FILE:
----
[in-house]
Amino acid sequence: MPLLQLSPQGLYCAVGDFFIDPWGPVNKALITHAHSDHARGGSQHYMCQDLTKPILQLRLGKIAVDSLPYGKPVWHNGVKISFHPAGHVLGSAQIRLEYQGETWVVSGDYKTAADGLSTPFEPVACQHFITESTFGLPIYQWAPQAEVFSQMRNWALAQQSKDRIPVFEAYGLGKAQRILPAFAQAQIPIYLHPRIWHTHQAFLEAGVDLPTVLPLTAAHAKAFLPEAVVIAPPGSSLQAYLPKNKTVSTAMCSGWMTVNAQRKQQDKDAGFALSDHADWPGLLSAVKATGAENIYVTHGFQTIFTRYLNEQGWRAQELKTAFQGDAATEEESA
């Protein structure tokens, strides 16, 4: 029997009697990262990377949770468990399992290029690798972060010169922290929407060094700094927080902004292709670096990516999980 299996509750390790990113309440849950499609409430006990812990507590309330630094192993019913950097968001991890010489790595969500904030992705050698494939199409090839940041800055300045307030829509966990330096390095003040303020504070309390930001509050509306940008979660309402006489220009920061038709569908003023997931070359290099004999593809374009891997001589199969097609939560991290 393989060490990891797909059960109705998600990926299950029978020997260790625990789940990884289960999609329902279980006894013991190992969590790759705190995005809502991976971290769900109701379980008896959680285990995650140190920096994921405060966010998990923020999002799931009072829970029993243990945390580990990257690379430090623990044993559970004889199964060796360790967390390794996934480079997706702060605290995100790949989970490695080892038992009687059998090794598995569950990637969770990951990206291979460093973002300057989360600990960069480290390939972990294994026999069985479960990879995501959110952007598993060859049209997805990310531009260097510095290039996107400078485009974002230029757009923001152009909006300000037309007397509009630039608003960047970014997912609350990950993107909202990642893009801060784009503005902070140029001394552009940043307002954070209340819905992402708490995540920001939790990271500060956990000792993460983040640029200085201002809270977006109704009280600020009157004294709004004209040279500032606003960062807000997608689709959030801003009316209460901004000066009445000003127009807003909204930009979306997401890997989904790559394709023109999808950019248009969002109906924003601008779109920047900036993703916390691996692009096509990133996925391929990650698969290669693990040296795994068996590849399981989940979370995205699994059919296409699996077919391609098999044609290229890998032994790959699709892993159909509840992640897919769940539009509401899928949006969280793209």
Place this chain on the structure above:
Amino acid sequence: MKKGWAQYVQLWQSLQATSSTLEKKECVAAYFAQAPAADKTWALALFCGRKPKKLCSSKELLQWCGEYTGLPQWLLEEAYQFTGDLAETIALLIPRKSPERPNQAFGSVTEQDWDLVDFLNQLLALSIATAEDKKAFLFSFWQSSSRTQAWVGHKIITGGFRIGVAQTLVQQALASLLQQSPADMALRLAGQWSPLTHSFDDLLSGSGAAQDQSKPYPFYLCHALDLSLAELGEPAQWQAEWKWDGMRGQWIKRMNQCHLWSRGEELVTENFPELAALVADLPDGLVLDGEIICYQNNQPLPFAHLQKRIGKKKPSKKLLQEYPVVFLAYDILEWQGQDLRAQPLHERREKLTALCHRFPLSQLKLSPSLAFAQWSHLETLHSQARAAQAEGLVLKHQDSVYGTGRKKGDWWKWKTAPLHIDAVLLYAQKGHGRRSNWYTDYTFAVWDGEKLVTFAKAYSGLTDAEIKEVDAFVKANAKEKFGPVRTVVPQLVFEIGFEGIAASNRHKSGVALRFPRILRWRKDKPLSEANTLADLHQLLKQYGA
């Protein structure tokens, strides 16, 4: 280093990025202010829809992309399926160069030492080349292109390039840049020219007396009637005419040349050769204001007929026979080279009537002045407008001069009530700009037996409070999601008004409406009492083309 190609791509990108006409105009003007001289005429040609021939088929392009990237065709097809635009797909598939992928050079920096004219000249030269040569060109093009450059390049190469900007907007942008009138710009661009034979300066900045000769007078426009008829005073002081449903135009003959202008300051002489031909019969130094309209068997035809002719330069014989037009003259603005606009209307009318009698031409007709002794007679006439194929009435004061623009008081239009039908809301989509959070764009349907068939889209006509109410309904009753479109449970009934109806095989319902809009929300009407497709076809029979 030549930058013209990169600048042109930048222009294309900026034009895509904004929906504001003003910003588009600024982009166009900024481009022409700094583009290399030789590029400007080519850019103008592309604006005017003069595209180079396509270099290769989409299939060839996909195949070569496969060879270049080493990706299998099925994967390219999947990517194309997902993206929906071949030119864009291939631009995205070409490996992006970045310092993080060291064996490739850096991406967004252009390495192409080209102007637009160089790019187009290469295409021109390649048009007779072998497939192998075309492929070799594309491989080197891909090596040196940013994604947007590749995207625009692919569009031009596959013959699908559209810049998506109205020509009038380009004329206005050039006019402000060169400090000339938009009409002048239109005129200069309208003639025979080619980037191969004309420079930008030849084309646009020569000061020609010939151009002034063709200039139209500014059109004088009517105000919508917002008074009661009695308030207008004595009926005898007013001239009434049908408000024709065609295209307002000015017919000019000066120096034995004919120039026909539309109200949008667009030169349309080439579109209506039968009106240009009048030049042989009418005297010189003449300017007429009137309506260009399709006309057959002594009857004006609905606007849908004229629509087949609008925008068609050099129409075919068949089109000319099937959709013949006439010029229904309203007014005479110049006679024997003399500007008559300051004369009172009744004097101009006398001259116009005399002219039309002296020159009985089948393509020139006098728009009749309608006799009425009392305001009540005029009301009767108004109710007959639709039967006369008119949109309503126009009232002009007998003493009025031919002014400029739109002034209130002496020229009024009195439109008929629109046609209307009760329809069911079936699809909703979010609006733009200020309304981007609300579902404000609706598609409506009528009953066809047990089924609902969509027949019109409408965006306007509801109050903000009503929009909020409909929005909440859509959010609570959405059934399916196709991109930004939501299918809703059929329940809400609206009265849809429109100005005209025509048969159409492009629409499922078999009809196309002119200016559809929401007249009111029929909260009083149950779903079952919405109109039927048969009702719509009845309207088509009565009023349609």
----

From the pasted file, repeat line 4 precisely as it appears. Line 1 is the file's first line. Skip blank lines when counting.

Place this chain on the structure above: